It’s been a rough month for Pakistan’s Prime Minister Imran Khan.
It started off with the International Monetary Fund approving a US$6 billion dollar loan to the country. The strict conditions on the loan meant that instead of expanding the welfare state, Khan’s government had to impose “shock therapy” austerity measures.
Unsurprisingly, this resulted in nationwide strikes.
Then, less than two weeks later, a secretive World Bank tribunal ordered Pakistan to pay a mining company US$5.8 billion dollars — nearly as much as the IMF loan — to resolve an eight year-long dispute.
Why would an arm of the development pillar of the Bretton Woods system require a country in crisis to do something that would completely undermine the actions of the financial stability tenets of that same system?
What does it say about the state of global economic governance? Is it broken?
Protecting corporate profits
The International Centre for the Settlement of Investment Disputes was established in 1966 as part of the World Bank Group. The centre oversees arbitrations between foreign companies and states in a process known as the investor-state dispute settlement (ISDS).
ISDS is hugely controversial for a variety of reasons ranging from the secrecy of the hearings to the substantial costs associated with defending a claim and the ability of corporations to challenge health and environmental measures.
The case that cost Pakistan $5.8 billion did not revolve around such measures but rather the decision of a provincial government to backtrack on a sweetheart deal that had been offered to a mining firm, allegedly the result of corruption. Leaving the merits of the case to one side — it is difficult to assess the tribunal’s reasoning when the award isn’t public, after all — let’s take a closer look at the payout.
According to the mining company — Tethyan Copper, partially owned by Canada’s Barrick Gold — it spent US$220 million on exploration activities before things went south. One might argue that a fair outcome, if the government was solely to blame, would be for the award to cover these sunk costs. Instead it was more than 25 times that amount. That is because the tribunal chose to award the company “lost future profits” from the project.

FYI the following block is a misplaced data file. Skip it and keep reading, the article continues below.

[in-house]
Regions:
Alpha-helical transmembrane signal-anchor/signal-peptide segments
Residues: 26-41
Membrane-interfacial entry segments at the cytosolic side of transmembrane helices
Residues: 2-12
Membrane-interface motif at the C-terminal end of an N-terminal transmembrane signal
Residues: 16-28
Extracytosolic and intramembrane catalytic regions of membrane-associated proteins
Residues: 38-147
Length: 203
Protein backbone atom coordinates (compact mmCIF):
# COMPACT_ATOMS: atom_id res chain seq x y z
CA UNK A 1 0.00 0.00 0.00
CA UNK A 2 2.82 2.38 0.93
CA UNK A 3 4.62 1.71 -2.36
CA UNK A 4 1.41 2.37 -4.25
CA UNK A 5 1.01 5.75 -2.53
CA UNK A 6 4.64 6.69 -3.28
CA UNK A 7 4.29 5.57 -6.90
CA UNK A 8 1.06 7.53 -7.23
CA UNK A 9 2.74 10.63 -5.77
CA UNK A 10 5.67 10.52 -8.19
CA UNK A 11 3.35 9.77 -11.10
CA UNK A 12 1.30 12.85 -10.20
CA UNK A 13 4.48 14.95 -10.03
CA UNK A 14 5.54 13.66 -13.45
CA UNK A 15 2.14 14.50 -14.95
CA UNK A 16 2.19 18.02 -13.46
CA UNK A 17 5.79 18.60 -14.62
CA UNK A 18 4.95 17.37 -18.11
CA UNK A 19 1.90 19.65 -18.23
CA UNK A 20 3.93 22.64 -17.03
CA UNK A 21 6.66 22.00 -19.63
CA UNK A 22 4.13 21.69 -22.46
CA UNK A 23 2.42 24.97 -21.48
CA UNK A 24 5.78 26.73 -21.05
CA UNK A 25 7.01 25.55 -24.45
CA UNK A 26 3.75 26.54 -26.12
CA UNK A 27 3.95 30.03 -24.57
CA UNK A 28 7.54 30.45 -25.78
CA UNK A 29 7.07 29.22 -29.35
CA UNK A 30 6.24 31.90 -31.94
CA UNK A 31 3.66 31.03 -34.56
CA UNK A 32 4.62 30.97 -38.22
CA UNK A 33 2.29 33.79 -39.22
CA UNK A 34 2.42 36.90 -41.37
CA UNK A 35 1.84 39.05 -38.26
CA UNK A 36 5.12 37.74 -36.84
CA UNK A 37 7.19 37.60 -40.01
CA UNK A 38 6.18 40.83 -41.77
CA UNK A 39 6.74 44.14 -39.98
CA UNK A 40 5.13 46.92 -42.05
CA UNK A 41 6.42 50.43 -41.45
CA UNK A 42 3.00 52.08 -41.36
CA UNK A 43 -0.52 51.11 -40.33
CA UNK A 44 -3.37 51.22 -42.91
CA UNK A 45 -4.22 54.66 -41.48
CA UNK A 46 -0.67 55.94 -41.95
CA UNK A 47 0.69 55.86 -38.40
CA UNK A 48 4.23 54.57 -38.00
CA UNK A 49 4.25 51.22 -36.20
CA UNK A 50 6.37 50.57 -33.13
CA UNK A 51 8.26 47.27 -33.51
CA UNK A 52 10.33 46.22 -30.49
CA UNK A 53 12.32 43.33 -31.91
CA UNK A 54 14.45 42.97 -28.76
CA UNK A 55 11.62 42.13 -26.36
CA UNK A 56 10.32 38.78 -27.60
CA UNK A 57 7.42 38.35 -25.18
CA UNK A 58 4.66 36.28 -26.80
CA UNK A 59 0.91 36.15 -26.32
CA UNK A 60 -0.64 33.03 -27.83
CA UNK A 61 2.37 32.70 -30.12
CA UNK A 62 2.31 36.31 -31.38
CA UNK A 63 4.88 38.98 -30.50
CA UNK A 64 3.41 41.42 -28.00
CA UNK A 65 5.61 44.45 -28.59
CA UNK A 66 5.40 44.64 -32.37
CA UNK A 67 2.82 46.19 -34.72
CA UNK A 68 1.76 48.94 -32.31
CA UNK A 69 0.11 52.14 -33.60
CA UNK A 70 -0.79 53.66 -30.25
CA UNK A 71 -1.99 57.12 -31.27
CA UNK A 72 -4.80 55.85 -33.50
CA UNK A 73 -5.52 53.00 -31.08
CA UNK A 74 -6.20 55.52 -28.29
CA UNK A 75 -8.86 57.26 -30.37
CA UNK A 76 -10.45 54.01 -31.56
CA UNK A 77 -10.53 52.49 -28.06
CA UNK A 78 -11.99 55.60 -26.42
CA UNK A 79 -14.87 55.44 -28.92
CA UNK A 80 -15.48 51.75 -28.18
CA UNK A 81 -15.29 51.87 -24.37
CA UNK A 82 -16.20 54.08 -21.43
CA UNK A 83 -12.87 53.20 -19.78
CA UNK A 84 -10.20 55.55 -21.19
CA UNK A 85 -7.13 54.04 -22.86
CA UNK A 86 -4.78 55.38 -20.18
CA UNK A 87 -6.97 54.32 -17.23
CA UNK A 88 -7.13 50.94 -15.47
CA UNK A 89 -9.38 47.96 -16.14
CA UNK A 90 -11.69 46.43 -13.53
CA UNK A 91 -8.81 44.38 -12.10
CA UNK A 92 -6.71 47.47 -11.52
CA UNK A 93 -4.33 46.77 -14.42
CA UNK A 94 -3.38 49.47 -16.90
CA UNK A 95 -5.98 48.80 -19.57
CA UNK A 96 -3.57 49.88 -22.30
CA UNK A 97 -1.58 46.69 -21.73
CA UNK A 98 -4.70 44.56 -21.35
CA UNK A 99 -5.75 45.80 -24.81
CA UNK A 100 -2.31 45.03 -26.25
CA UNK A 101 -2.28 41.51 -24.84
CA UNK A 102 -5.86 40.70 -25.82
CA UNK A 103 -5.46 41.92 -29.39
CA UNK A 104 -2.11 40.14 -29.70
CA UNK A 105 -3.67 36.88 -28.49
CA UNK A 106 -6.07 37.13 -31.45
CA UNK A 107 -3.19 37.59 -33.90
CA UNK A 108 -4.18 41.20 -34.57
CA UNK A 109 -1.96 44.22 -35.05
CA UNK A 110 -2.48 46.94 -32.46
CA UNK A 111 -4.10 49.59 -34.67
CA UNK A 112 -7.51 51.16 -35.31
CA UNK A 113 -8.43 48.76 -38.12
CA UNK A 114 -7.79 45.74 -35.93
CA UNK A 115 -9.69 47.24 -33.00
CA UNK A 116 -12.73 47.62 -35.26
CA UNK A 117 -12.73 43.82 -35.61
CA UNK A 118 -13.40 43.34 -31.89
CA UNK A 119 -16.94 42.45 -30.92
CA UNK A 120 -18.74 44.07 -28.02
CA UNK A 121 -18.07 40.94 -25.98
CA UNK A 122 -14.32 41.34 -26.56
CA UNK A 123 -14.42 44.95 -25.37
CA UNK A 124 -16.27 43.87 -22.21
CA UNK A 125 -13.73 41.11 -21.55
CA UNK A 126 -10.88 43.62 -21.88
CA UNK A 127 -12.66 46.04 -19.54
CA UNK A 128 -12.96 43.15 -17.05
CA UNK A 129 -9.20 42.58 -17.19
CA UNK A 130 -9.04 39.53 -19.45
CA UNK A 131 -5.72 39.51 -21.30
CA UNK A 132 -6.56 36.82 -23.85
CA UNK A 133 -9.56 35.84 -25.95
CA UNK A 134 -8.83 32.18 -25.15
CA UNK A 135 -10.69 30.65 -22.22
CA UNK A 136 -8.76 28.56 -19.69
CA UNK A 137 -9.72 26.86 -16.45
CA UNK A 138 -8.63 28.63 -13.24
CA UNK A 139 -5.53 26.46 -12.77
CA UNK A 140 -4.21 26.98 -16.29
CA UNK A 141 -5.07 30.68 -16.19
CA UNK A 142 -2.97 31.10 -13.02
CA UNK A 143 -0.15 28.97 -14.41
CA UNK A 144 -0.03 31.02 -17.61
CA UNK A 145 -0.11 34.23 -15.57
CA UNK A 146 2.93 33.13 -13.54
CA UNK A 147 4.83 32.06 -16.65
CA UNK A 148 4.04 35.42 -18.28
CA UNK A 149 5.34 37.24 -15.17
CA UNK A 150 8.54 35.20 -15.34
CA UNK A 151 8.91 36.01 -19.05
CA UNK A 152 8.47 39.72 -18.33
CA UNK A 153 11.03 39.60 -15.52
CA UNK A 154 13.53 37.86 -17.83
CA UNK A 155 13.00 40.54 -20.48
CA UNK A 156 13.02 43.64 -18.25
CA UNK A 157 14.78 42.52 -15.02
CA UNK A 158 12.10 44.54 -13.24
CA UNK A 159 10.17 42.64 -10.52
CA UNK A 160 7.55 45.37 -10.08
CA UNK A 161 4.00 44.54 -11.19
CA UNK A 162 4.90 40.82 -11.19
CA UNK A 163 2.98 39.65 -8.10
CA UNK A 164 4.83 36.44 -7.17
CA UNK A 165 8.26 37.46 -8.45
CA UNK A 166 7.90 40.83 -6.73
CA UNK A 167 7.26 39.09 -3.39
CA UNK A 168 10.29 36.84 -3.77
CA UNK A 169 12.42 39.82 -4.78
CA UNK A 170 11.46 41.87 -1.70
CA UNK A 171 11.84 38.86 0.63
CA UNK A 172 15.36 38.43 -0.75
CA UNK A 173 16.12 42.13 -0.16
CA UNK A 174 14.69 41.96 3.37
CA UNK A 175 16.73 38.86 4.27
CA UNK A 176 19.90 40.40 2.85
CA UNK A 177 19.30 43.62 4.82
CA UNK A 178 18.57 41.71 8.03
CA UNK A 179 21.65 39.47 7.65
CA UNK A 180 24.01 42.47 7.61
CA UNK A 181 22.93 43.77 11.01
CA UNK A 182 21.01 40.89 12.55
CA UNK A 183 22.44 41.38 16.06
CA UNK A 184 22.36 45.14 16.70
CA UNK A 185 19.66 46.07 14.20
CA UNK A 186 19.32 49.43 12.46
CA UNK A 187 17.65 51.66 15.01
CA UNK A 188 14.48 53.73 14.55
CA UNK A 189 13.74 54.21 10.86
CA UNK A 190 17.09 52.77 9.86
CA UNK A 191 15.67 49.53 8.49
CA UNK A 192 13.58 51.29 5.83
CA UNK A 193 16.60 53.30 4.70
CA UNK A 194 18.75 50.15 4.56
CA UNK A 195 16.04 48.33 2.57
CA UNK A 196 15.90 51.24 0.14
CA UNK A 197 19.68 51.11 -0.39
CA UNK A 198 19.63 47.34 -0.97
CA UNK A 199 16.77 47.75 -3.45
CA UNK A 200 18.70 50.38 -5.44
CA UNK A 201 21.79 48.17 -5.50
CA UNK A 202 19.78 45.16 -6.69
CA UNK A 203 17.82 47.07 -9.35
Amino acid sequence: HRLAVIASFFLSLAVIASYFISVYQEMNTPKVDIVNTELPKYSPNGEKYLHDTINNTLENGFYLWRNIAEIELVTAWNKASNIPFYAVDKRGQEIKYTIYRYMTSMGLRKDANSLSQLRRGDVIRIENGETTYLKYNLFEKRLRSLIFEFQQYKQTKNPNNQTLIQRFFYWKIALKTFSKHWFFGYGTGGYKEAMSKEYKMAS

No crystal balls
Arbitrators don’t have crystal balls. They don’t know what the value of a mineral will be in a year, let alone 30 years. And they are lawyers, not market analysts. So how do they decide how much profit a firm would have made in a hypothetical alternative future?
The answer is, partially, that they rely on “experts” brought in by each of the parties to the dispute. These experts provide a best guess for what they think a project is worth. International law scholar Robert Howse calls this “junk science.”
Unsurprisingly, the state’s expert often provides a low-ball estimate for the value of a project and the investor’s expert gives an inflated value. Faced with this discrepancy, arbitrators will often choose to go down the middle and pick an arbitrary value. Tethyan Copper had originally sought more than US$11 billion in damages, suggesting that the tribunal in this case may have taken this approach.
When it comes to the calculation of damages, there are very few constraints on arbitrators. As noted in one award, a tribunal generally has the freedom to “arrive at a figure with which it is comfortable in all the circumstances of the case.”
Did the arbitrators in this case consider that the owners of Tethyan Copper —Antofogasta of Chile and Barrick Gold — had long ago written off the project and continued to be very profitable firms? Did they consider the records of these companies in terms of alleged corruption and human rights abuses in other countries?
Did they consider that US$5.8 billion is one eighth of Pakistan’s total government budget for 2019/20? Did they consider that the country is facing an economic crisis? It seems the answer may have been “no” on all counts though, again, we are left guessing about the tribunal’s justifications for its award.
A way out
An international process is currently underway to come up with reforms to ISDS, and excessive damages awards have been identified as an area of concern for states. A number of countries, most recently South Korea, have come to the wise decision that the best way forward is to opt out of ISDS altogether.
In practice, this means individual states terminating the thousands of investment treaties that provide access to arbitration, which can be a difficult and time-consuming process. A preferable approach would be for states to co-ordinate their efforts, for example through a multilateral exit agreement.
Abolishing ISDS won’t solve all of the problems of global economic governance. But it seems a very good place to start.